Going forward, the challenge I want to leave you with today is how we, as partners, can accelerate the end of poverty and build a world of shared prosperity by collaborating to tackle the most important challenges as partners.  Let us come together, as individuals, as organizations, and as countries, from all disciplines and all corners of society, each with our strengths and skills, to form such a “Solutions Partnership” by working together to support multi-stakeholder collective action on the ground, and make systematic use of knowledge, learning and innovation to help solve the biggest development challenges.

That is my invitation to you today.

A Tale of the Second River

I started with a story from my home country India - the story of the ailing river Ganga. To end, let me come full circle with the tale of another river – a story from this country, in fact from this very city, Seoul.  A story of the once ailing, yet now very healthy, Cheonggyecheon.

Cheonggyecheon is a six kilometer stream that starts in the heart of downtown Seoul and courses through neighborhoods before emptying into the Hangang river.  In the 1950s, Seoul was growing at a rapid pace. Migration generated slums along the stream in shabby makeshift houses. The lack of proper sewage systems and pollution from light industry generated trash and waste, which ended up in the stream, and which became a dirty and polluted eyesore. In 1958, the stream was covered up with concrete which was seen to be a solution then - a 5.6 kilometer long and 16 meter wide elevated highway. But upon construction, this became a dark, noisy and seedy corridor.

Ten years ago, a visionary Mayor exercised bold leadership to adopt an unlikely idea to demolish the highway and restore the stream.  It was expensive, controversial and unpopular. He forged unlikely coalitions among very diverse stakeholders to foster a common vision and push through bold action.  And look at Cheonggyecheon today – today, this beautiful landmark unites this city.  Ten years ago, it divided the city.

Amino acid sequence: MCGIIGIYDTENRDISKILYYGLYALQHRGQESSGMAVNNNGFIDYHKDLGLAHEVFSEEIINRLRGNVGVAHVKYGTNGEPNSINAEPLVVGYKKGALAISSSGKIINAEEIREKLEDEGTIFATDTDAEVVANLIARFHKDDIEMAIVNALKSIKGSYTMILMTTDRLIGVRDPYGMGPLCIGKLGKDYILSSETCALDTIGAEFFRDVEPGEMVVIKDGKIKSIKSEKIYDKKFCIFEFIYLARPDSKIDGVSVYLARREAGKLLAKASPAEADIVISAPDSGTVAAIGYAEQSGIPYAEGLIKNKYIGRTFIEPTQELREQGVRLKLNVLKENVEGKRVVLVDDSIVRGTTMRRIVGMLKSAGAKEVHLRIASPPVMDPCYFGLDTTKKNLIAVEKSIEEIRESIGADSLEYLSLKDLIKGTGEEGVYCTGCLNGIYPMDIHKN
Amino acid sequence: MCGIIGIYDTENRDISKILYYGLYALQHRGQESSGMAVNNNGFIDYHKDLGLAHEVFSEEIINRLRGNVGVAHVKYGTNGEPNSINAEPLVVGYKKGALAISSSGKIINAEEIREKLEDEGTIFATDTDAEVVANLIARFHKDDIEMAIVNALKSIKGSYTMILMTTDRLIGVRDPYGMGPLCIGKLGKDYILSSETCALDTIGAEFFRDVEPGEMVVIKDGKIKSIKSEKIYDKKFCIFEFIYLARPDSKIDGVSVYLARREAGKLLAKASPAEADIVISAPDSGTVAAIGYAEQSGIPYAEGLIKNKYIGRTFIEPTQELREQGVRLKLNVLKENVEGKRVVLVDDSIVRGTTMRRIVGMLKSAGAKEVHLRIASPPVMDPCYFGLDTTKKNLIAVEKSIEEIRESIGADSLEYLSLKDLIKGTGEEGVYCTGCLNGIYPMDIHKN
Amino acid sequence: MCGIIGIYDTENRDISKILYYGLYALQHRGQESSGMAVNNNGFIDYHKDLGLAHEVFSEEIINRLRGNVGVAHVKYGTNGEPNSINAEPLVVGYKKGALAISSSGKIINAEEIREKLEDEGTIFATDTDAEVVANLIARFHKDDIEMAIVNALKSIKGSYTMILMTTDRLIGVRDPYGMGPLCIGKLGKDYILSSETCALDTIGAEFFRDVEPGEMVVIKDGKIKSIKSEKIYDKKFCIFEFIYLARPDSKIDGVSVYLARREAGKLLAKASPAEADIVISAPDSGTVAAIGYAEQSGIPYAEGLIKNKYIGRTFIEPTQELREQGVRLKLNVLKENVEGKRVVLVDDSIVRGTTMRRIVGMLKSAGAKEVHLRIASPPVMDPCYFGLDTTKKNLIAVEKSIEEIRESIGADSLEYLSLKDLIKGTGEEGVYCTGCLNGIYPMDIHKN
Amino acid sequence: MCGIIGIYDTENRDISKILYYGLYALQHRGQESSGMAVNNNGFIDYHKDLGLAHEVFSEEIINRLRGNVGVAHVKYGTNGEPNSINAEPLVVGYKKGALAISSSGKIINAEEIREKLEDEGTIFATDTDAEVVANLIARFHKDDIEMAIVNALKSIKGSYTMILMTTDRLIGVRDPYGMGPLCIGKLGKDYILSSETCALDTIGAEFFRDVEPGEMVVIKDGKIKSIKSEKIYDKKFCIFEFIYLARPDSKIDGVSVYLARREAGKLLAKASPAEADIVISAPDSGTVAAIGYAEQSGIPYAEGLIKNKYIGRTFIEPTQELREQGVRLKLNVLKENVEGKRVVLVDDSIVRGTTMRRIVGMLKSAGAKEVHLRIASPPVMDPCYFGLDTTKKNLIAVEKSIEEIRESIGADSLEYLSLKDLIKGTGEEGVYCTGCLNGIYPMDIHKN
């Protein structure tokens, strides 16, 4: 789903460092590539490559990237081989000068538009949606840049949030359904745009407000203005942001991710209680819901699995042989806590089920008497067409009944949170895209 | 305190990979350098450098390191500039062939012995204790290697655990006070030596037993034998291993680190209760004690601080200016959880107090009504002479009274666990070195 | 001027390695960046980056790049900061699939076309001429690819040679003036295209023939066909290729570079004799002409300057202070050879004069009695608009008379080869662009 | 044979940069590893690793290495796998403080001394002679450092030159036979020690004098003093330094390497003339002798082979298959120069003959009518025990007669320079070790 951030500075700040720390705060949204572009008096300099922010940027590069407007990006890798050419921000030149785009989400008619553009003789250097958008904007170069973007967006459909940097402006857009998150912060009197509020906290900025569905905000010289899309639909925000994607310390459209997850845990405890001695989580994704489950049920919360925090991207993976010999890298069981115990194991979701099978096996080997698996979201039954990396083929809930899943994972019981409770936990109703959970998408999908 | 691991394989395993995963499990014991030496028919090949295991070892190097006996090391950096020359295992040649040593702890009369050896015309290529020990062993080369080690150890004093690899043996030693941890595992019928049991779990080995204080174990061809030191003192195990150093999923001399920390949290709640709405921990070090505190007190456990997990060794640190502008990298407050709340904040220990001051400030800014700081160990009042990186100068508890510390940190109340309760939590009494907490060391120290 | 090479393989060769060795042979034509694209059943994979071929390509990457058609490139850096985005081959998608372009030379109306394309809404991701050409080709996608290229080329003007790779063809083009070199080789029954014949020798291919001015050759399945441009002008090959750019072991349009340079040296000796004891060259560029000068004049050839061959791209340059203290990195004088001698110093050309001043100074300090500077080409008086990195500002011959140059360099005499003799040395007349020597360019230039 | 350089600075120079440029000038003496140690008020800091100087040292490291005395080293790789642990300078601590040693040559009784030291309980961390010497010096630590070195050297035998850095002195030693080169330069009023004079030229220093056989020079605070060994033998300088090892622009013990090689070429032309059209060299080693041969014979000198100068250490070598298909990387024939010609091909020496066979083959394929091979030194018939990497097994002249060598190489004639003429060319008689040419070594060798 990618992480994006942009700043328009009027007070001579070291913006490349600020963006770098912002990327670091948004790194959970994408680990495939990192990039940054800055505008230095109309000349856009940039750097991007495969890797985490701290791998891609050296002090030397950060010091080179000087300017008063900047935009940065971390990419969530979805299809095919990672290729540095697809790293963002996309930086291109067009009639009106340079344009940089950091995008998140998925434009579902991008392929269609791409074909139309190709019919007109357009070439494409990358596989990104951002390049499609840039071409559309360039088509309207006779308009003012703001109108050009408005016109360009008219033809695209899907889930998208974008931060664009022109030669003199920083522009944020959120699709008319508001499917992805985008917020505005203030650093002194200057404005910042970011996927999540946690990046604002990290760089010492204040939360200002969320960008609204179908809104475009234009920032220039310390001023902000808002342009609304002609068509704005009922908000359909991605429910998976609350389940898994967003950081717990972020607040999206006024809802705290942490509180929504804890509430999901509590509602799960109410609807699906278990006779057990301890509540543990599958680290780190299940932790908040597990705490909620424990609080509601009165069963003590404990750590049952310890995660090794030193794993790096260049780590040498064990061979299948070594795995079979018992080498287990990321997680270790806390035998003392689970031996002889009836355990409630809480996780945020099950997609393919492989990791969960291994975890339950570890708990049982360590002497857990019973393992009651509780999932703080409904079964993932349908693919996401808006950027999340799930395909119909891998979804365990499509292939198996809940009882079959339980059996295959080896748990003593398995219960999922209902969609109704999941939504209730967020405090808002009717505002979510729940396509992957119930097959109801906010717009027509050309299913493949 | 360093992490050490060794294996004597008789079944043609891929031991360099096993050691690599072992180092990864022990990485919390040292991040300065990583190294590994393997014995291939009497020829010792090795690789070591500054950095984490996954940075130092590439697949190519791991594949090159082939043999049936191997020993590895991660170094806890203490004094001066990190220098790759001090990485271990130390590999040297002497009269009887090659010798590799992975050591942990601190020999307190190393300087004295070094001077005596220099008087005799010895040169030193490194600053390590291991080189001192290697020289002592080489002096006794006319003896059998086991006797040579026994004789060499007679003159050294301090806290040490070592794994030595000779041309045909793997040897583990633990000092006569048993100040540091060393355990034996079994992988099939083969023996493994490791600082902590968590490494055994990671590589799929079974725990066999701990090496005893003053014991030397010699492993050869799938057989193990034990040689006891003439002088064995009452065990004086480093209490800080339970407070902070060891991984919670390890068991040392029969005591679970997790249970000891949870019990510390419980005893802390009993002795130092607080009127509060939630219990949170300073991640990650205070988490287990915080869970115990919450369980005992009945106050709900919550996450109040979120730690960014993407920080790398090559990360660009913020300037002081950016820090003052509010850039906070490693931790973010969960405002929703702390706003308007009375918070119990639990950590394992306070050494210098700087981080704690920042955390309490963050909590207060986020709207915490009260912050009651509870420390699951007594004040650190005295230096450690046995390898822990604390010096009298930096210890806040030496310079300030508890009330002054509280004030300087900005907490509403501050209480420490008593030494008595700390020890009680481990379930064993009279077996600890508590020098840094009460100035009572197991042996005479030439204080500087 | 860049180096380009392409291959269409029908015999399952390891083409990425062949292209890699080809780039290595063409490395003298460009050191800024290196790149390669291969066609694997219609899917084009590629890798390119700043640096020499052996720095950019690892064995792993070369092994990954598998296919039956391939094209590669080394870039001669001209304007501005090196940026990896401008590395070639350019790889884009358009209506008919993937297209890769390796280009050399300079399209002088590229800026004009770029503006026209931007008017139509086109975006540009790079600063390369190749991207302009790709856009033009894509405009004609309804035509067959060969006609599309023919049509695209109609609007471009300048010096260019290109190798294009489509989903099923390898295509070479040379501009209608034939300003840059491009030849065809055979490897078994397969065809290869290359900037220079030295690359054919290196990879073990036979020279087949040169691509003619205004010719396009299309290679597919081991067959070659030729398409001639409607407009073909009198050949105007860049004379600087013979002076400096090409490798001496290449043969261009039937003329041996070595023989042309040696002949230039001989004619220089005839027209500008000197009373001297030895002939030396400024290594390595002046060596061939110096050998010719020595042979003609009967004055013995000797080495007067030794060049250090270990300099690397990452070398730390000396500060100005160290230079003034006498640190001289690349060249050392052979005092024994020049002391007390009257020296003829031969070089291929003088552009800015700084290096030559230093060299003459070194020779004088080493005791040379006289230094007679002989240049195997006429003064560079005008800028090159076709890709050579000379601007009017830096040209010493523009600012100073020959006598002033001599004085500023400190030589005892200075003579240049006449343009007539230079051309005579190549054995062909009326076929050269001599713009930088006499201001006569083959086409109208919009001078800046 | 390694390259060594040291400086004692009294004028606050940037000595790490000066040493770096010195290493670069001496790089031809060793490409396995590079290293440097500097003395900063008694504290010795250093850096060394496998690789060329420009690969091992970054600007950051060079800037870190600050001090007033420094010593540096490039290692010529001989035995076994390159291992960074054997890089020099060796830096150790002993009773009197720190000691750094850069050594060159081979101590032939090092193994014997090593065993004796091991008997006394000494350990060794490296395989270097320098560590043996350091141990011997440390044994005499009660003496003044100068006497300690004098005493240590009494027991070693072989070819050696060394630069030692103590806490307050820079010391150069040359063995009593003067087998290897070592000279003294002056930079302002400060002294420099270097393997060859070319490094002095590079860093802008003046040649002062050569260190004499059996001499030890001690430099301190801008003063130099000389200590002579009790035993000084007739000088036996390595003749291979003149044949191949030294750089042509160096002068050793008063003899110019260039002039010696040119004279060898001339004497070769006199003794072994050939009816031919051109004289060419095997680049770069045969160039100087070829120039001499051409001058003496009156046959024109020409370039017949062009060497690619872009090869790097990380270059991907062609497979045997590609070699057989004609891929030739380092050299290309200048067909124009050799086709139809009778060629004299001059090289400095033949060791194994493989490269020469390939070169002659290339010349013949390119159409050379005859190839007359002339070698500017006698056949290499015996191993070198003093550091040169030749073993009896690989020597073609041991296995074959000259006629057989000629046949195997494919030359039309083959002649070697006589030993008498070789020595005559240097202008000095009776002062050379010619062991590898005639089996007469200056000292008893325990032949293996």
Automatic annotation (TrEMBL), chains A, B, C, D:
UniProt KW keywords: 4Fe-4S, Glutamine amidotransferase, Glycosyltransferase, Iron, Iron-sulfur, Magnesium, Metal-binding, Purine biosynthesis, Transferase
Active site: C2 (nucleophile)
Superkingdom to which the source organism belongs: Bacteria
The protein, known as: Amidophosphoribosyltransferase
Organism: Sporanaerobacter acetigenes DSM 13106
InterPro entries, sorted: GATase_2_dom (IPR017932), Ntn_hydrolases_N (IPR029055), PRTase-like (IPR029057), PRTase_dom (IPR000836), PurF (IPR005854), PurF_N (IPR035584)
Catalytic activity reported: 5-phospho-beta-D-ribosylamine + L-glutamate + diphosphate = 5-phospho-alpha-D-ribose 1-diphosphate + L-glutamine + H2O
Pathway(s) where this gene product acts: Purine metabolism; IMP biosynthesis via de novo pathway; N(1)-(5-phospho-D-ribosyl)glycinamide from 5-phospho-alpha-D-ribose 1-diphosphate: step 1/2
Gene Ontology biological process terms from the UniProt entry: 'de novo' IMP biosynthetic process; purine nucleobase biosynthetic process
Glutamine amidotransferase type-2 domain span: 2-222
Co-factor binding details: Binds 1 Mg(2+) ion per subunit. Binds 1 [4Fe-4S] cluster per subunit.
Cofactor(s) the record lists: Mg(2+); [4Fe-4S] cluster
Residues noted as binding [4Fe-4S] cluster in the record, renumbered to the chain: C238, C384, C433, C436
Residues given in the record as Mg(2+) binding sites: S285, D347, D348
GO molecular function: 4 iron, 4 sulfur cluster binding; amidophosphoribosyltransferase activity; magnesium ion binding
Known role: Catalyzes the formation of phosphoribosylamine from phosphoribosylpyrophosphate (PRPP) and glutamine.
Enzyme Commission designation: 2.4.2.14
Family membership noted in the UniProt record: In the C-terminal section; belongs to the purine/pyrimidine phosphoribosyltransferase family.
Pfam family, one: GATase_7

Cheonggyecheon once was Seoul’s intractable problem, like Mother Ganga in my country. Today, it stands as a proud, international symbol of sustainable urban renewal.

How can we help practitioners worldwide get inspired and learn from this and the myriad other examples of transformational action to change the world for the better, to lift 4 billion people out of poverty and vulnerability?  This is our challenge, our imperative and our moral responsibility going forward. 

Thank you. 

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Join search for Sustainainabilty;s Curricula

Duisburg turns into world's largest dryport - thanks to the 26 nations Rail across Eurasia Belt Road

Italy becomes west europe leader of belt riad mapping - with 10 yeras of studnet-friendly research by italian michele geraci

Help us question UN report on DIgital Cooperation 1 2 due summer 2019 with all star expert panel led by melinda gates and jack ma- both partners in celebrating brac's bkash.com as world elader in digotal banking for the poor

..

stories of cities

BRI.school surprising Belt Road Cities

BR2 Dhaka where to go to with jack ma to see banking for billion poorest girls and more

BR2  home of nilekani - the billion person id an

BR6 Luxembourg hub of aiib2019

BR0 beijing - binnaul home of BRI weher 100 most trsetd national eladers of sustainable youth likon: home of tsinghua- universitiues that dont have partnerships with tsinghua will end up failing over 505 of their stidents livelihoods

BR0 Hangzhou - home of jack ma alumni